This weekend the Sebring circuit in Florida was scheduled to hold a round of the World Endurance Championship and then its traditional 12-hour race for the IMSA WeatherTech SportsCar Championship, and with the cancellation of both it is an opportunity for us to bring you again the story of the first world championship round at the Florida circuit. For many years the two races were one and the same – and in fact Sebring hosted the first ever round of the World Sportscar Championship in March 1953, the second running of the 12-hours.
Sebring opened for racing in 1950 using a 3.5-mile layout round the facilities of what was formerly Hendricks Army Airfield, but by the visit of the World Sportscar Championship the layout had developed to be 5.2 miles, and the circuit was used in pretty much that form for the next thirty years before being shortened in 1983.
The longer layout hosted an AAA sanctioned 12-hour race in 1952, which was won by Harry Gray and Larry Kulok in a Frazer Nash Le Mans Replica, the duo clocking up 754 miles of racing on the way to their win.
The next year the race was part of the World Championship, but it was only Aston Martin and DB of the European teams who really took up the challenge, the former sending two DB3s and DB two of their Panhard-engined cars, one with team principal Rene Bonnet driving. Their appearance of Aston Martin particular ruffled a few feathers with some US regulars, who felt that a professional team entering one of their races was unsporting. One gentleman in particular was so outspoken in his views on the subject that Aston Martin team manager John Wyer recalled that drivers Reg Parnell and Peter Collins went off to ‘sort him out’ – only to return saying ‘he was really quite a nice chap’.
The race was really set to be between the Aston Martins and the quickest of the Cunningham CR4s, the car of Phil Walters and John Fitch, but at the start Parnell was last away, leaving Collins to battle with Walters, the Aston Martin leading when it made its first pitstop. Collins handed the lead car over to Geoff Duke, who was soon out after damaging the suspension due to hitting a marker barrel and another car, much to the annoyance of his co-driver.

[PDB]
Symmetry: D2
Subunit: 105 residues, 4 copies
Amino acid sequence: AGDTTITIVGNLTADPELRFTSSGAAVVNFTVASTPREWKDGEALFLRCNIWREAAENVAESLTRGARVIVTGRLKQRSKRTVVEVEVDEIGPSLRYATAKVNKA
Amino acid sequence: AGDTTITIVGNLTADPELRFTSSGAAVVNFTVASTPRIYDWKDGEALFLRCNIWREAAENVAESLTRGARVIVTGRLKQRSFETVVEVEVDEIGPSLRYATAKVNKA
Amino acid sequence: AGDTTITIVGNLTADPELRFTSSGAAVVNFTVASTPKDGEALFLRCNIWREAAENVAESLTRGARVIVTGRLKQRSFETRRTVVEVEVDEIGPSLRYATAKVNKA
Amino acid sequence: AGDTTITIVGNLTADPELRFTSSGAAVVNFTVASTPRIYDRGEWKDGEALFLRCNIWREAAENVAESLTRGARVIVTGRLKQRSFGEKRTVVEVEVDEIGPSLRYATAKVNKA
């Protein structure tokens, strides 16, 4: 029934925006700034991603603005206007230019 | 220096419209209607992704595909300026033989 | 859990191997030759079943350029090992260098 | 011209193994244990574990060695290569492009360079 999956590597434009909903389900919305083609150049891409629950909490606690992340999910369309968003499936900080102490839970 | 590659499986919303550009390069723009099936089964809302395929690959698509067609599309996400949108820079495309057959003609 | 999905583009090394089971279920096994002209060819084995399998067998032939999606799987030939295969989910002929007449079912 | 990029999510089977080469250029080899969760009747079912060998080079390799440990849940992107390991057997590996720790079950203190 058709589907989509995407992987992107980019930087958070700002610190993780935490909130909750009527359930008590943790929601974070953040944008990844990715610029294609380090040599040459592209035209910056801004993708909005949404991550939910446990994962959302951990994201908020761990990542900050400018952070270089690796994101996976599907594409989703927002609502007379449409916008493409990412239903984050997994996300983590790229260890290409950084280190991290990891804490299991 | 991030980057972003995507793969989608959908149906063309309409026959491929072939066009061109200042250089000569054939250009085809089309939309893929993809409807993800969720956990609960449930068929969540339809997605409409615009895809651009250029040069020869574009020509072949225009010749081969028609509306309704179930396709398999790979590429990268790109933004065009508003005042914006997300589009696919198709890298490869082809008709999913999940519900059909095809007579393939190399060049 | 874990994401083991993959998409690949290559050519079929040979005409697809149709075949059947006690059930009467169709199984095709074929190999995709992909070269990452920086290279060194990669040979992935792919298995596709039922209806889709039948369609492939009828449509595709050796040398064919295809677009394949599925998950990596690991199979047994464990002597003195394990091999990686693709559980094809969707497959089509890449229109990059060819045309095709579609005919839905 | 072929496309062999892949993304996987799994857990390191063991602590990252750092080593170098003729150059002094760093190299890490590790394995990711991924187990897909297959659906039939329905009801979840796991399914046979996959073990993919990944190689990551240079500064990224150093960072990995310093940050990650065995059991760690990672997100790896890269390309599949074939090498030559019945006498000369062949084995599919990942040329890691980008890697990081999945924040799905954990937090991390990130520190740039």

Parnell also hit a marker on the very first lap, damaging a front wing on his DB3 as he sought to make up ground, although his driving was criticised as he kept trying to pass cars in the corners, which the team were told was ‘ungentlemanly’. By half-distance Parnell and team-mate George Abecassis were less than a minute behind the leading Cunningham, but as darkness drew in that first lap incident, which meant they had just one working headlamp, started to have an effect and it was a well-deserved win for Walters and Fitch, who completed 173 laps, 899.6 miles.
In subsequent years the race developed rapidly, attracting the leading teams and drivers of the day – with wins for Maserati, Ferrari and Jaguar in the 1950s and drivers of the calibre of Juan Manual Fangio, Stirling Moss, Mike Hawthorn, Phil Hill and Dan Gurney all victorious.
The 1960s started with a new manufacturer added to the list of winners, as Olivier Gendebian and Hans Herrman took Porsche’s first win in an RS60, and the German marque went on to take a record 18 overall wins in the 12-hours with a range of cars. Their list of victories includes 13 wins in a row from 1973 to 1988 (there was no race in 1974), with models such as the 911 RSR, the 935, 934 and the 962.
From humble beginnings the Sebring 12-Hours has become one of the world’s premier sportscar events, the circuit recognised as a stiff test for an endurance car, and its return to the World Endurance Championship this weekend is a fitting tribute to the heritage of the race.
Header picture: Sebring Archive